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  • Peter Weisz

Writing Your Memoirs Is Good For Your Head

Updated: Dec 23, 2022

The following article was written by mental health professional, Alison Taylor. It explains how writing your life story can improve your overall mental health.

I can attest from my own experience that life story writing can be a powerfully self-affirming journey. Looking at an overview of your life as a whole gives you a unique perspective. For me, I was able to make connections between seemingly disparate events that I hadn't noticed until I started to write about them. Seeing those connections, some things that had confused me for years suddenly started to make sense.

A study published in the Journal of the American Medical Association established a link between writing about stressful experiences and improved health. The co-author of the study, Joshua M. Smyth, explains, “It actually has little to do with raw catharsis, which, I think, is what people assume.” Rather, the health benefits were a result of cognitive restructuring, or learning to see problems in a new way.

We often counsel our clients to "let it all out" in a first draft for two reasons: first, you are more likely to write authentically without self-editing or judging; and second, it is cathartic. (For some, this is freeing; for others painful.) But it is in the process of reviewing, organizing, and editing the writing that those cognitive connections are made, that perspective is achieved. And perspective is power. While we can't always control our situations in life, we can often control our perspective.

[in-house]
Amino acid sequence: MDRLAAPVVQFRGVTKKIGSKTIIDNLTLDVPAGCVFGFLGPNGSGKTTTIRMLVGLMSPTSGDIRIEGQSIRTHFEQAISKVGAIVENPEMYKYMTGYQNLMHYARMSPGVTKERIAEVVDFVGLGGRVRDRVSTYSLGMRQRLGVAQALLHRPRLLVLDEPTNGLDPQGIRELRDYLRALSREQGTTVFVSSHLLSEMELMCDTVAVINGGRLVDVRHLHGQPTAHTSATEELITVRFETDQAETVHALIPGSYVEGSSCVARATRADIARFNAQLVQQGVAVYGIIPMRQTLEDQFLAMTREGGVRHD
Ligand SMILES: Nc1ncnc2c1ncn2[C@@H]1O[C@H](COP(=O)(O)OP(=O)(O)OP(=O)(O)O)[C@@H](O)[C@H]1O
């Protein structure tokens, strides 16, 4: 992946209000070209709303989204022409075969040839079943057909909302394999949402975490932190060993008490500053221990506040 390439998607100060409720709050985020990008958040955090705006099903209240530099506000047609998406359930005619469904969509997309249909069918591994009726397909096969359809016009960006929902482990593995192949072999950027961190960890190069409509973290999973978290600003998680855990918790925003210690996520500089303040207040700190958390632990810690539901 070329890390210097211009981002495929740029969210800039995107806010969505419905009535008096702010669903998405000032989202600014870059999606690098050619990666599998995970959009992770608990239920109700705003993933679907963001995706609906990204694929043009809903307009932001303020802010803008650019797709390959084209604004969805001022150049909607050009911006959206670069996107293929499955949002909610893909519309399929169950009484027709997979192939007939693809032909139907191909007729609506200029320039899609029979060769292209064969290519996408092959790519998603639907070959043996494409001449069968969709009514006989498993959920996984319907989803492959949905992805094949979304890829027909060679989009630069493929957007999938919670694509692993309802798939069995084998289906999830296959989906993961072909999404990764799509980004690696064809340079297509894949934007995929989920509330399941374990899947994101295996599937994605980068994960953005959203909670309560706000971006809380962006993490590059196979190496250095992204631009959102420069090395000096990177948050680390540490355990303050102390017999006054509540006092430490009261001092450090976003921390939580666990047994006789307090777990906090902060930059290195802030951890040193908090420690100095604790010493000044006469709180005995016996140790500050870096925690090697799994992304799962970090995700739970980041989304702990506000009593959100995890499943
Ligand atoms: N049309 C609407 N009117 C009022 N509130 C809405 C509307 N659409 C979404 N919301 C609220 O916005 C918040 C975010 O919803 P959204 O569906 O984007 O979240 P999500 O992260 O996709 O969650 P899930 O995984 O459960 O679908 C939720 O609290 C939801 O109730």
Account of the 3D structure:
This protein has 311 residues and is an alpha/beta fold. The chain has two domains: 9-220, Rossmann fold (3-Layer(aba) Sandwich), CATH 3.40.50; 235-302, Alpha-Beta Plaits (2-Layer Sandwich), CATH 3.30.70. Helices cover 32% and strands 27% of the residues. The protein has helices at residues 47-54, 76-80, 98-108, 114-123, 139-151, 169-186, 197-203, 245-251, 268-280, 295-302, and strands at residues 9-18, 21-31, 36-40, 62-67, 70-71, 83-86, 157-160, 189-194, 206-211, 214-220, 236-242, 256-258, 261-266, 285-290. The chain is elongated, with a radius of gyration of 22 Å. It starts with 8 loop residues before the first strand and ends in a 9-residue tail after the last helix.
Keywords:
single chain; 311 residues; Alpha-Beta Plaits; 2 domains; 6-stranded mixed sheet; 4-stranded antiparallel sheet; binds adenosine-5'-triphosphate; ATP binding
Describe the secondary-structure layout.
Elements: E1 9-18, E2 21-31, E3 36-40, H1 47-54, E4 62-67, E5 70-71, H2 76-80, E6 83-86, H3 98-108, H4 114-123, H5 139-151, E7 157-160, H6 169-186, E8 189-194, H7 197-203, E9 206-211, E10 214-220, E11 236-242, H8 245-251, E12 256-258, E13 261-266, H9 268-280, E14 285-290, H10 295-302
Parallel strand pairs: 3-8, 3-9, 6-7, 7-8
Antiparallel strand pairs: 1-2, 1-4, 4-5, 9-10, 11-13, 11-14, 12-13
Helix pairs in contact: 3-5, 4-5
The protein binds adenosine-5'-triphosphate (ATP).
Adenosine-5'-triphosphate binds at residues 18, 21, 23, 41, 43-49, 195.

A few reasons why writing can help your brain and your spirit:

  • Create order out of chaos. Just the act of organizing your past into a system, whether chronological or otherwise, can help you see your life in a different way and, according to neuroscientists, can even change your brain's organic structure.

  • Beyond catharsis. Yes, getting it all out can be helpful, but careful editing after the catharsis can help you determine what is really most important for you to impart to others.

  • Overview of your accomplishments. Give yourself a hand; you've probably accomplished more than you think you have. And those accomplishments are more than just what you've owned or achieved, but who you've become.

  • Gratitude for what you have. Your life isn't just hardships and challenges, it's the luck you've found and the blessings you've received. And realizing that sometimes they are one and the same.

  • Keep your mind sharp. Organizing your life into a structure, looking for patterns, and finding the words to express yourself is great mental exercise.

  • Identify your strengths. Looking at the past can remind us of how tough we must be, because, hey, we're still here.

  • Motivation for the future. Looking back helps you realize what you still haven't done and what priorities you have moving forward.

  • Release valve! For years, I kept "junk journals" in which I would get out all my fears and frustrations so I could face my day in peace. They were never meant for public consumption (including by me!) but they served their purpose. Just the act of writing, not the words I wrote, helped me get through a tough time.

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